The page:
Citizens told to self-isolate if they have Covid symptoms but ‘test negative’


Officials are urging anyone who develops COVID-19 symptoms to self-isolate, even if their COVID-19 tests produce negative results. The calls follow a string of reports highlighting disparities in accuracy between lateral flow and PCR tests. The UK Health Security Agency said it was investigating the matter, after a “stream of patients” who had initially received positive lateral flow tests, went on to receive negative PCR results.

The recent findings have once again thrown the accuracy of COVID-19 tests into question, prompting calls for the issue to be looked into “seriously” and “rapidly”.

Becky Reynolds, director of public health for Bath and North East Somerset Council, said the council was aware of the situation.

She explained: “It is confusing [for people]. I think we just need to bear with it while the investigation happens.

“The advice is also to think about your local situation, do an individual risk assessment… so what is the likelihood that even though the PCR is negative, that you may still have Covid.

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“If thinking it through there is quite a chance you have Covid, even if the PCR is coming back negative, then regard it as Covid and self-isolate.”

Doctor Lucy Pocock, a GP from Cadbury Health Healthcare in south Gloucestershire, told BBC: “Myself and my colleague have seen a stream of patients with what we would consider very typical Covid symptoms.

“Several of these patients have done multiple lateral flow tests, all positive, and have then rightly gone on to do a PCR test, which has come back negative.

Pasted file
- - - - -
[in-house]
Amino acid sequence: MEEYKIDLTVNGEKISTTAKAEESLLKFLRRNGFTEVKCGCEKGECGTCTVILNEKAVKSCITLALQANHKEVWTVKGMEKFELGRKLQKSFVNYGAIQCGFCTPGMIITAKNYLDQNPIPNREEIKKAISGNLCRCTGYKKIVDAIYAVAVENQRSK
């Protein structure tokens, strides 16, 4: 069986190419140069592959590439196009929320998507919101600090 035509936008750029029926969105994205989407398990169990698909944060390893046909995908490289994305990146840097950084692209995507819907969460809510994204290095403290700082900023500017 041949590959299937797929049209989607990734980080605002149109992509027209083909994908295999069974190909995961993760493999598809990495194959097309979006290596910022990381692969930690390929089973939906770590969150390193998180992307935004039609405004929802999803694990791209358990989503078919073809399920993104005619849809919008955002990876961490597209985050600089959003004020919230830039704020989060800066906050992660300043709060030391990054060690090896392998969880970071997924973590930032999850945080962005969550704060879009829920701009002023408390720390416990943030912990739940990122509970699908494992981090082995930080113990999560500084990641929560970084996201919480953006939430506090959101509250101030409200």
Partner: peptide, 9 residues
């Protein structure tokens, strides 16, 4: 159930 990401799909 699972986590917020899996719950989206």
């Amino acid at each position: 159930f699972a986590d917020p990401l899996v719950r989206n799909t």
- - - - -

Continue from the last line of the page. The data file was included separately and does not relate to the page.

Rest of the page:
“The worrying thing here is that these people are all clearly symptomatic and with a very unexpected negative PCR result.”


Chief medical advisor for the UK Health Security Agency, Susan Hopkins, said: “We have been made aware of some areas reporting positive Lateral Flow Test results with subsequent negative PCR test and we are looking into the cause.”

Kit Yates, an adviser for the Scientific Advisory Group for Emergencies [SAGE], has called for a prompt investigation, arguing that it may not be practical for some to self-isolate.

He added that the mystery could have “huge implications” for our understanding of the pandemic.

The SAGE member told the I he had previously heard of a dozen separate instances of the issue.

“We haven’t experienced this before to such a degree and are investigating.”

While lateral flow tests occasionally produce a false negative result, false positives are much rarer.

A number of hypothetical explanations for the inaccurate test are circulating on social media, with some users suggesting a faulty batch could be behind the false-negative results.

Others have theorised that the tests might not be picking up a new variant of COVID-19.


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